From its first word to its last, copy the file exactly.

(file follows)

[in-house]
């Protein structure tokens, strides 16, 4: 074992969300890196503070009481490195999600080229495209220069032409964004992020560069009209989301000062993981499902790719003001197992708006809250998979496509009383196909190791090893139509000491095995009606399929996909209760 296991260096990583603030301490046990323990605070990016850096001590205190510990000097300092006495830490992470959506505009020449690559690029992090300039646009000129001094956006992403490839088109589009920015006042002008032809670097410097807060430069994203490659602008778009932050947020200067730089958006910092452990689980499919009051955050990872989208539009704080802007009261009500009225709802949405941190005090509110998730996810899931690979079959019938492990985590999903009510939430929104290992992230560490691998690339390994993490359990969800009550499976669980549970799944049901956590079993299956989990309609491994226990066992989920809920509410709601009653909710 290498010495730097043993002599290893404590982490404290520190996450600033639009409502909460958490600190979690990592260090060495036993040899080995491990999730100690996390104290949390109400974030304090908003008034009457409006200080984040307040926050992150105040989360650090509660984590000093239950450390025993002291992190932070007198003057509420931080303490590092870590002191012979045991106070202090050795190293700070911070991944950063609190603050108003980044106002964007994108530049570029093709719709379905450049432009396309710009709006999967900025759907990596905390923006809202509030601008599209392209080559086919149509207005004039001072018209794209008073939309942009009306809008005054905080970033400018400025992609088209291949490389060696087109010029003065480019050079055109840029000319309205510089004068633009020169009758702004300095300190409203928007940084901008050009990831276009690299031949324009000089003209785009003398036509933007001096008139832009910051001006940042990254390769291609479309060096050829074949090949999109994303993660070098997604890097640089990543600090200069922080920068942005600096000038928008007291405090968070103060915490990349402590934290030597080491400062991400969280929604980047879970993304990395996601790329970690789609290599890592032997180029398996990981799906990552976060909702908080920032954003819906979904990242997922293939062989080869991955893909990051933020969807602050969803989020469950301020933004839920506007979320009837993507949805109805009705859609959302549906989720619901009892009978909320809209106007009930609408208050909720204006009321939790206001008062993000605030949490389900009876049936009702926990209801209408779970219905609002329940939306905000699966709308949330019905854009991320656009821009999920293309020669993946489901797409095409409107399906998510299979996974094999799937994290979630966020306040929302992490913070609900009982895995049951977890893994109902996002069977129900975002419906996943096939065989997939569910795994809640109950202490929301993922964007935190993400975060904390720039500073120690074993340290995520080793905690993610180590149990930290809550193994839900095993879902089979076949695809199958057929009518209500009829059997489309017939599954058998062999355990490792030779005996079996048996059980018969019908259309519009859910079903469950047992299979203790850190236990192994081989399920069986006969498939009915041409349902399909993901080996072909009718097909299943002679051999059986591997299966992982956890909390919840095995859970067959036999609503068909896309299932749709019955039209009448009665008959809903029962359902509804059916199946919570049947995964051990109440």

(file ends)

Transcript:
[in-house]
């Protein structure tokens, strides 16, 4: 074992969300890196503070009481490195999600080229495209220069032409964004992020560069009209989301000062993981499902790719003001197992708006809250998979496509009383196909190791090893139509000491095995009606399929996909209760 296991260096990583603030301490046990323990605070990016850096001590205190510990000097300092006495830490992470959506505009020449690559690029992090300039646009000129001094956006992403490839088109589009920015006042002008032809670097410097807060430069994203490659602008778009932050947020200067730089958006910092452990689980499919009051955050990872989208539009704080802007009261009500009225709802949405941190005090509110998730996810899931690979079959019938492990985590999903009510939430929104290992992230560490691998690339390994993490359990969800009550499976669980549970799944049901956590079993299956989990309609491994226990066992989920809920509410709601009653909710 290498010495730097043993002599290893404590982490404290520190996450600033639009409502909460958490600190979690990592260090060495036993040899080995491990999730100690996390104290949390109400974030304090908003008034009457409006200080984040307040926050992150105040989360650090509660984590000093239950450390025993002291992190932070007198003057509420931080303490590092870590002191012979045991106070202090050795190293700070911070991944950063609190603050108003980044106002964007994108530049570029093709719709379905450049432009396309710009709006999967900025759907990596905390923006809202509030601008599209392209080559086919149509207005004039001072018209794209008073939309942009009306809008005054905080970033400018400025992609088209291949490389060696087109010029003065480019050079055109840029000319309205510089004068633009020169009758702004300095300190409203928007940084901008050009990831276009690299031949324009000089003209785009003398036509933007001096008139832009910051001006940042990254390769291609479309060096050829074949090949999109994303993660070098997604890097640089990543600090200069922080920068942005600096000038928008007291405090968070103060915490990349402590934290030597080491400062991400969280929604980047879970993304990395996601790329970690789609290599890592032997180029398996990981799906990552976060909702908080920032954003819906979904990242997922293939062989080869991955893909990051933020969807602050969803989020469950301020933004839920506007979320009837993507949805109805009705859609959302549906989720619901009892009978909320809209106007009930609408208050909720204006009321939790206001008062993000605030949490389900009876049936009702926990209801209408779970219905609002329940939306905000699966709308949330019905854009991320656009821009999920293309020669993946489901797409095409409107399906998510299979996974094999799937994290979630966020306040929302992490913070609900009982895995049951977890893994109902996002069977129900975002419906996943096939065989997939569910795994809640109950202490929301993922964007935190993400975060904390720039500073120690074993340290995520080793905690993610180590149990930290809550193994839900095993879902089979076949695809199958057929009518209500009829059997489309017939599954058998062999355990490792030779005996079996048996059980018969019908259309519009859910079903469950047992299979203790850190236990192994081989399920069986006969498939009915041409349902399909993901080996072909009718097909299943002679051999059986591997299966992982956890909390919840095995859970067959036999609503068909896309299932749709019955039209009448009665008959809903029962359902509804059916199946919570049947995964051990109440």